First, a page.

The evidence sustains the finding that one-half of said one-fourth royalty was owned by Sabens and one-half was held by him in trust for Lee. There is no contention here that Lee's interest is subject to said liens. The court correctly found that the filing of the abstracts fixed liens against the royalty interest actually owned by Sabens individually. The following authorities sustain that holding. In Texas, where royalty is real estate, the filing of an abstract of judgment fixes a lien against royalty. 49 C.J.S. Judgments Sec. 482, p. 922. A judgment lien attaches to such realty but not to rents, issues and profits therefrom. 49 C.J.S. Judgments Sec. 472, pp. 906, 907; Vernon's Ann.Civ.St. Article 5449. The fact that Sabens' individual interest in royalty was not of record did not defeat the judgment liens against whatever interest he actually owned, except as against innocent purchasers. 26 Tex.Jur. 380; Traders' Nat. Bank v. Price, Tex.Com.App., 228 S.W. 160; First State Bank of Amarillo v. Jones, 107 Tex. 623, 183 S.W. 874; Blankenship v. Douglas, 26 Tex. 225, 229; Payne v. Bracken, 131 Tex. 394, 115 S.W.2d 903, 905; Calvert v. Roche, 59 Tex. 463; Tex.Dig., Judgment k775-780; Parks v. West, Tex.Civ.App., 274 S.W. 164, 165; Steele v. Harris, Tex.Civ.App., 2 S.W.2d 537. In Brown v. Hodgman, 124 W.Va. 136, 19 S.E.2d 910, it was expressly held by the Supreme Court of Appeals of West Virginia that where a judgment debtor held record title as a trustee, a judgment against him as an individual attached to whatever interest he actually owned in realty.

Unless appellants had notice, actual or constructive, of Sabens' individual interest, they took the royalty purchased by them from the trustee free of said liens.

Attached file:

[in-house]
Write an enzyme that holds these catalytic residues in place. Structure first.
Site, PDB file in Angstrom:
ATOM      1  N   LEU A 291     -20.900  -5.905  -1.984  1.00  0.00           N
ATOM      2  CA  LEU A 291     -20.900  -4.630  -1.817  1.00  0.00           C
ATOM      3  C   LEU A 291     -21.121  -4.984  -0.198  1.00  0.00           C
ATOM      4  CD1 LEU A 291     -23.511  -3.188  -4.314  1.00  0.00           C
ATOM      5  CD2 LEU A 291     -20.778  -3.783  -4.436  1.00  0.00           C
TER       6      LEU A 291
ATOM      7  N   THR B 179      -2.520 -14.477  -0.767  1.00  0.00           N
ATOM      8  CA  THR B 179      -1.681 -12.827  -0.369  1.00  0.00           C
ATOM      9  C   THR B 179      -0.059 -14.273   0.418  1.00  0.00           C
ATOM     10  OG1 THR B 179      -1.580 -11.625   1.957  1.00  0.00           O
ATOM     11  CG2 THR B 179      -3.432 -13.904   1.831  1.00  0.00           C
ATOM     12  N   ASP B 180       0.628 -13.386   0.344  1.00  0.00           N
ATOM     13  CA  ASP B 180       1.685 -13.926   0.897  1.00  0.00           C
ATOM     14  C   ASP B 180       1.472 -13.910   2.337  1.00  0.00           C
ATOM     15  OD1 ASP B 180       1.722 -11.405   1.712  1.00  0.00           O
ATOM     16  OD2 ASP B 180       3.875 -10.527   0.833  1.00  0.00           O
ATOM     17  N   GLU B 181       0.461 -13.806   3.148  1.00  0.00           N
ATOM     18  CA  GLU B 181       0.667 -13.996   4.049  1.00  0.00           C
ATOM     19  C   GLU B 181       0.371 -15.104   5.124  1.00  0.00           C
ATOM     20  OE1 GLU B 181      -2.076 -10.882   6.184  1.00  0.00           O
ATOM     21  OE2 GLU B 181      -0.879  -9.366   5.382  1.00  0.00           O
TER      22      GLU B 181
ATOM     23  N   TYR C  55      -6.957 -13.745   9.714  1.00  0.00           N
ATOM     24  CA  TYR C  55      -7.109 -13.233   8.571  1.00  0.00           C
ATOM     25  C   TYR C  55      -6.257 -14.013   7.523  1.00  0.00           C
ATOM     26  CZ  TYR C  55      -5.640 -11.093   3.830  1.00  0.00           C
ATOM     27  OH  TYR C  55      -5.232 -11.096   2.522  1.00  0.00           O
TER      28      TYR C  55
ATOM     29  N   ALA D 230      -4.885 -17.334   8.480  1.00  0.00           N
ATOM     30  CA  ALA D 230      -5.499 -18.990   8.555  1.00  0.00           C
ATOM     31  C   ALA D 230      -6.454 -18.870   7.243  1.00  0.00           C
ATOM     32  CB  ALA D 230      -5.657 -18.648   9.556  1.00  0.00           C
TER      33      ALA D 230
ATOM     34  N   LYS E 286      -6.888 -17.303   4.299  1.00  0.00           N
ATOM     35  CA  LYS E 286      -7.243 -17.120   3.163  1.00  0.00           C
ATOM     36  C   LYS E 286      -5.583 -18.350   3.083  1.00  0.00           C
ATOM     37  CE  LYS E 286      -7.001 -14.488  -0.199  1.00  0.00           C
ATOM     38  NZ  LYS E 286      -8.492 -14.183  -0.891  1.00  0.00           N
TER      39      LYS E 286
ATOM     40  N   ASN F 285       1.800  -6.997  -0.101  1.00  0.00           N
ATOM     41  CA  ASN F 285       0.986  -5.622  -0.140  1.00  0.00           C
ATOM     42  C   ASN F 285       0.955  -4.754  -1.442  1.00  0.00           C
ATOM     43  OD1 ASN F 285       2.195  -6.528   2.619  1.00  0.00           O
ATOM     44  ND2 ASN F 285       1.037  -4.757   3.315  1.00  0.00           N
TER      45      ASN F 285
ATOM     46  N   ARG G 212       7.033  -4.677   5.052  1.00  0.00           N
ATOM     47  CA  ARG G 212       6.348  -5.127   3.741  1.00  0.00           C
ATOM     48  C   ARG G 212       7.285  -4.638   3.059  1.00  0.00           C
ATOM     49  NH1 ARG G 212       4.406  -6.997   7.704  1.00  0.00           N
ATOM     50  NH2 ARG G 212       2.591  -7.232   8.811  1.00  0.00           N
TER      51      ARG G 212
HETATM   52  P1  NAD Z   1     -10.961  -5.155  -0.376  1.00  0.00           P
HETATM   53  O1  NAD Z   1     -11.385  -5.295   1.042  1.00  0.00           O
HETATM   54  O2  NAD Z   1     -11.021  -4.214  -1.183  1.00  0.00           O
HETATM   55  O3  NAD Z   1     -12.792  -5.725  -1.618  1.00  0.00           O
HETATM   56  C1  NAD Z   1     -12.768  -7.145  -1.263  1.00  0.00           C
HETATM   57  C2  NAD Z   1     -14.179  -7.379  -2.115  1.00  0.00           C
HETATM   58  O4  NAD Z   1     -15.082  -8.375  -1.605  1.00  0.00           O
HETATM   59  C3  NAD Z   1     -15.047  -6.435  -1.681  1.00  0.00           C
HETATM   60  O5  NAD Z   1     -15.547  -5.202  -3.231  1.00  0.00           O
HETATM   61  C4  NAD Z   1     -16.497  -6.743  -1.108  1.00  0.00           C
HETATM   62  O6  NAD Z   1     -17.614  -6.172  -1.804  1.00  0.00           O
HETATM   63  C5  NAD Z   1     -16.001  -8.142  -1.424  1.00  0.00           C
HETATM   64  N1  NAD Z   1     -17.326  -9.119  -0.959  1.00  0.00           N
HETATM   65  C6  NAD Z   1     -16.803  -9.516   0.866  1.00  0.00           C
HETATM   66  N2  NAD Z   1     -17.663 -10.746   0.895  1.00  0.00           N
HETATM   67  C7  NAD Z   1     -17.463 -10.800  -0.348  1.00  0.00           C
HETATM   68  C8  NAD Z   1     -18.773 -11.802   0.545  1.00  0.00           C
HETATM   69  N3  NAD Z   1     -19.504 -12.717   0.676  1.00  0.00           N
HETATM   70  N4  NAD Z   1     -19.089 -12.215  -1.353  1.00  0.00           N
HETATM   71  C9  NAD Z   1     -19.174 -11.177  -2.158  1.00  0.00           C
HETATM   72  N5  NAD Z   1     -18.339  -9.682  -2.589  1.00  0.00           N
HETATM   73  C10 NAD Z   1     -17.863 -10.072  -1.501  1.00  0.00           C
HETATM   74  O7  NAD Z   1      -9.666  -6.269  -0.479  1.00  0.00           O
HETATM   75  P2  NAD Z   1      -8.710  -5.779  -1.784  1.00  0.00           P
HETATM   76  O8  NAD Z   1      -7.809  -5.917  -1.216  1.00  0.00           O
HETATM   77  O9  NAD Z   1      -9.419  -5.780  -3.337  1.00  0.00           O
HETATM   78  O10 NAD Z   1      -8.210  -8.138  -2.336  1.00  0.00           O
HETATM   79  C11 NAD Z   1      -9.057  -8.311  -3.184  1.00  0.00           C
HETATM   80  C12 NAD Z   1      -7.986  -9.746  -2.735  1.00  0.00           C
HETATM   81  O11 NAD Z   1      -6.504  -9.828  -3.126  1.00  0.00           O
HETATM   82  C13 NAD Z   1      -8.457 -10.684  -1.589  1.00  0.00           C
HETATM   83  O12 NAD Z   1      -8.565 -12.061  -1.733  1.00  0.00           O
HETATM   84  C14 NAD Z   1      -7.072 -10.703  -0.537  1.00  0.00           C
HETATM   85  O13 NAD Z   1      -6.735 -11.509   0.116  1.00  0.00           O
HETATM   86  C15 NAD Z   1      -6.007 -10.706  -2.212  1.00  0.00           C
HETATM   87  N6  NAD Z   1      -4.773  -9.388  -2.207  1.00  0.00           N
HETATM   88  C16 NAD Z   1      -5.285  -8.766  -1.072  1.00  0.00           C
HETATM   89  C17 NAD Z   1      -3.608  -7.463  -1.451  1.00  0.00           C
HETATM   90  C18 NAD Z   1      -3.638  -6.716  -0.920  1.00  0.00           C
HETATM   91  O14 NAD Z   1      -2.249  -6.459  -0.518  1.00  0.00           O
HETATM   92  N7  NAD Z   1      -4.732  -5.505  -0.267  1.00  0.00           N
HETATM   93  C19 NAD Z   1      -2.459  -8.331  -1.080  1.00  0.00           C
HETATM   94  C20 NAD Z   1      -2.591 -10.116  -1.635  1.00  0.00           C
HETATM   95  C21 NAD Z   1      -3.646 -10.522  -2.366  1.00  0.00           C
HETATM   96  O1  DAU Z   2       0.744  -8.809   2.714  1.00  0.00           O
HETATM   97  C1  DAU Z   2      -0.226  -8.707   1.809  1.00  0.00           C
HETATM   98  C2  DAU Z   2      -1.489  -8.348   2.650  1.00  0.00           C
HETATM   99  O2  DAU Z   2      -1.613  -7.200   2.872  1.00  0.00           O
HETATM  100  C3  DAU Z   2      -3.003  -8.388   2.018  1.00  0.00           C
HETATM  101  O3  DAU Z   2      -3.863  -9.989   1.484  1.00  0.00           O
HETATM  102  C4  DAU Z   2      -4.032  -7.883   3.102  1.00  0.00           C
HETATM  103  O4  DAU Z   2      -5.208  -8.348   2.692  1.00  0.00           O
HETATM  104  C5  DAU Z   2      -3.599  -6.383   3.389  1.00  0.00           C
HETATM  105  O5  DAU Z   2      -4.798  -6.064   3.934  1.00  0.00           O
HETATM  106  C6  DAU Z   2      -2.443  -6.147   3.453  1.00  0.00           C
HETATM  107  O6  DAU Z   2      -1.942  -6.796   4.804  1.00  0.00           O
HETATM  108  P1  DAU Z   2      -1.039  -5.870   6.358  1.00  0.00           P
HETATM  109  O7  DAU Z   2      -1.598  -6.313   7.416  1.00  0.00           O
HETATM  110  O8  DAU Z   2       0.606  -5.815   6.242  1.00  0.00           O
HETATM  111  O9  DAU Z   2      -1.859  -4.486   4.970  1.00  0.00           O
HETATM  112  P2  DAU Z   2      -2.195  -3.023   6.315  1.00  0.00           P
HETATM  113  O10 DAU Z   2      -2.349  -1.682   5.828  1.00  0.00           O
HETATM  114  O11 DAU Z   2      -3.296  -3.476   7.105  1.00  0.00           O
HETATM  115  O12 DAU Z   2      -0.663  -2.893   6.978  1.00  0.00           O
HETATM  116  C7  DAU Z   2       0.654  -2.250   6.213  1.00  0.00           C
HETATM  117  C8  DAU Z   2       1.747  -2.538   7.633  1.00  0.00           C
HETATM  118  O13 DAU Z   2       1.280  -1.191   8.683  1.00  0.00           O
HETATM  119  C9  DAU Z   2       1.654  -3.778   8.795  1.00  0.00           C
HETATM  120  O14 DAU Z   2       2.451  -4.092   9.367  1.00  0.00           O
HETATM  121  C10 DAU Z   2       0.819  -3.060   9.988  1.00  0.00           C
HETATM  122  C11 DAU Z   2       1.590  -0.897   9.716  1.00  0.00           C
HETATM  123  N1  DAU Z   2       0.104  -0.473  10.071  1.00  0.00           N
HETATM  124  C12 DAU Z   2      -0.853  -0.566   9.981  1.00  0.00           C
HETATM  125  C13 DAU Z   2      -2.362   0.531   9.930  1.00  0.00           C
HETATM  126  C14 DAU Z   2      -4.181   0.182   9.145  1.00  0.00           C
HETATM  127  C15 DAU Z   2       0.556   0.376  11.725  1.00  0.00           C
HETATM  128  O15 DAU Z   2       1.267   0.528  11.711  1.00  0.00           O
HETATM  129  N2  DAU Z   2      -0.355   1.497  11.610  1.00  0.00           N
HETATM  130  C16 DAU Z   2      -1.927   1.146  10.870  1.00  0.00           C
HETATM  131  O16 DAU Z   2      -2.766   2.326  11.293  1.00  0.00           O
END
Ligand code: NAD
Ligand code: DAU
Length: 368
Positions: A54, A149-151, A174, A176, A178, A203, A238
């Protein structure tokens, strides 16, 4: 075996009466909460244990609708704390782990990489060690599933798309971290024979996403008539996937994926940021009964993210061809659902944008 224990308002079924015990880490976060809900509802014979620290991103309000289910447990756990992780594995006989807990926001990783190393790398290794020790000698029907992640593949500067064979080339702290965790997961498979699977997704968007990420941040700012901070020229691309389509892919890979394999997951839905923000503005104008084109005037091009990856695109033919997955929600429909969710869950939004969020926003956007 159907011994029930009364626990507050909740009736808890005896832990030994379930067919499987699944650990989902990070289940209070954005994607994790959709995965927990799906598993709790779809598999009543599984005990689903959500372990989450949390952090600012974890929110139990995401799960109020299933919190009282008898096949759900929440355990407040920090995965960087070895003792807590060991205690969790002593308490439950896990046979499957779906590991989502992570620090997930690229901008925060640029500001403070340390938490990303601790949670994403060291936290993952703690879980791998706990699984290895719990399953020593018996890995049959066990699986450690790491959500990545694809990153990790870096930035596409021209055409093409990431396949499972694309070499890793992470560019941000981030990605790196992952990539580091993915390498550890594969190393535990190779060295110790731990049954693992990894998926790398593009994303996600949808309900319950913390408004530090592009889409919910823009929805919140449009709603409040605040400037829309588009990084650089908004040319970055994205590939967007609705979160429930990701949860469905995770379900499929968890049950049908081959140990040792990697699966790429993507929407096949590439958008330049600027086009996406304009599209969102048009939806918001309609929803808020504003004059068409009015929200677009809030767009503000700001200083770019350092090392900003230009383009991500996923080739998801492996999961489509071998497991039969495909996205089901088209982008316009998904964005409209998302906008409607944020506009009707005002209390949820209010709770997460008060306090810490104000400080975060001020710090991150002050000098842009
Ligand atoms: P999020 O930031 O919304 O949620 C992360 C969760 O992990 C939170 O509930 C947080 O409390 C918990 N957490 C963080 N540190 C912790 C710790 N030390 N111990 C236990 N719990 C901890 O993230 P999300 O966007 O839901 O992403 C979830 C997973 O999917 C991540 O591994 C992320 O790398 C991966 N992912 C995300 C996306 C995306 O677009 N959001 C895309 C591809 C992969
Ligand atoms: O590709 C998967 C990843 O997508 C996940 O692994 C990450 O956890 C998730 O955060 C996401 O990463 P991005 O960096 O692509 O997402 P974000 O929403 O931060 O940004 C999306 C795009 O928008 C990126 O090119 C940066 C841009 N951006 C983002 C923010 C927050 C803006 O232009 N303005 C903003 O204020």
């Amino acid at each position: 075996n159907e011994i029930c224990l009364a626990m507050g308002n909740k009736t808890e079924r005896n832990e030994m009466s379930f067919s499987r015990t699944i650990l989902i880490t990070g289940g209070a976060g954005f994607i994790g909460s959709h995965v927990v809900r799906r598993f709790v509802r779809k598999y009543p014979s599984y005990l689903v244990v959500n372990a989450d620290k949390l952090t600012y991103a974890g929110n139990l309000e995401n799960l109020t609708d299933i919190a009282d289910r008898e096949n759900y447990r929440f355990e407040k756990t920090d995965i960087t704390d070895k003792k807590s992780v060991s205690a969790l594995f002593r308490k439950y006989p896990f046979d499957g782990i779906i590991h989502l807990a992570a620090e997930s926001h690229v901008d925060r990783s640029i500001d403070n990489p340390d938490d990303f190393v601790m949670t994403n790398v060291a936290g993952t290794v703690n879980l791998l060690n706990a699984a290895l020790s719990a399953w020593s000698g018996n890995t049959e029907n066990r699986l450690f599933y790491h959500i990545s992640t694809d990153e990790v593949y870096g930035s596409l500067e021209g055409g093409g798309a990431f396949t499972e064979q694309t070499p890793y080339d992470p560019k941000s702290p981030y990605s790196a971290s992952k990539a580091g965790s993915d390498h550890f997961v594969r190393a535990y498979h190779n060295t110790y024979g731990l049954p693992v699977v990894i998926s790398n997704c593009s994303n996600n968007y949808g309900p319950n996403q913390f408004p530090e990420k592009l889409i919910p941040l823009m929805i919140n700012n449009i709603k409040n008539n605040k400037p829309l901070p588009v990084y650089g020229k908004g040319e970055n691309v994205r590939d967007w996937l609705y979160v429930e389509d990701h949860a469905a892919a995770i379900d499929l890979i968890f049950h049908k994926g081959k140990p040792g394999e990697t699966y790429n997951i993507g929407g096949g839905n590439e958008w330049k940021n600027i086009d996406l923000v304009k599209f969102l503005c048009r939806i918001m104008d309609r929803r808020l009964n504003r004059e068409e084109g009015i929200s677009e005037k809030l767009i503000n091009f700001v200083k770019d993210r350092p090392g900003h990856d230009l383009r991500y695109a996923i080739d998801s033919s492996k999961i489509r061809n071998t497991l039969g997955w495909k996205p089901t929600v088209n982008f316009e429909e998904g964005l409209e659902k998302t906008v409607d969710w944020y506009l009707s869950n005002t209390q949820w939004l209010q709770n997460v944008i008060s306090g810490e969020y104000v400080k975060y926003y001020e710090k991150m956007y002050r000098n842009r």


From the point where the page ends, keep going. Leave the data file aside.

In Parker v. Coop, 60 Tex. 111, the court said:

'These cases all proceed upon the theory that the purchaser in good faith may rely upon the real title being where, by the deed, it appears to be, and that he or she who wilfully or negligently permits property to stand in the name of another person, at least as apparent owner, cannot be heard to say that such is not true, to the prejudice of a person who, relying upon the apparent ownership, has bought and paid a valuable consideration for the land.

* * *

* * *

'If a deed to land is made to A., in the absence of something upon its face to indicate that he holds in trust for some other person, by reason of such other person having paid the purchase money, or from some other reason, the law presumes, and persons dealing with A. in reference to such property, may, in the absence of notice to the contrary, rely upon the title being as it appears upon the deed * * *.'

In Gulf Production Company v. Continental Oil Company, 139 Tex. 183, 164 S.W.2d 488, our Supreme Court held that where the record of a mineral lease to a trustee did not disclose the beneficiary subsequent purchasers could buy from the trustee without being charged with constructive notice of other ownership. It is held that as applied to the facts here, the fact that the record of the royalty deed to Sabens showed he held same as trustee did not impose upon a purchaser the duty of inquiring and ascertaining who was the beneficiary and that they were not charged with constructive notice of other ownership. Appellees did not claim that in purchasing the royalty from Sabens, trustee, appellants had actual notice of Sabens' ownership. Under the authorities cited they did not have constructive notice. We conclude that appellants are innocent purchasers of such royalty. We hold that said liens did not follow the money paid into court by Sohio. Article 7425a; Castro v. Illies, 13 Tex. 229, 236; 13 Tex.Law Review 180; Crowley v. Adams Bros. & Prince, Tex.Civ.App., 262 S.W. 883; Thlocco v. Magnolia Petroleum Co., 5 Cir., 141 F.2d 934; South Texas Lumber Co. v. Nicoletti, Tex.Civ.App., 54 S.W.2d 893 (Writ Dis.); Steele v. Harris, Tex.Civ.App., 2 S.W.2d 537. See also Jackson v. United Producers' Pipe Line Co., Tex.Civ.App., 33 S.W.2d 540 (Writ Ref.); Linkenhoger v. American Fidelity &...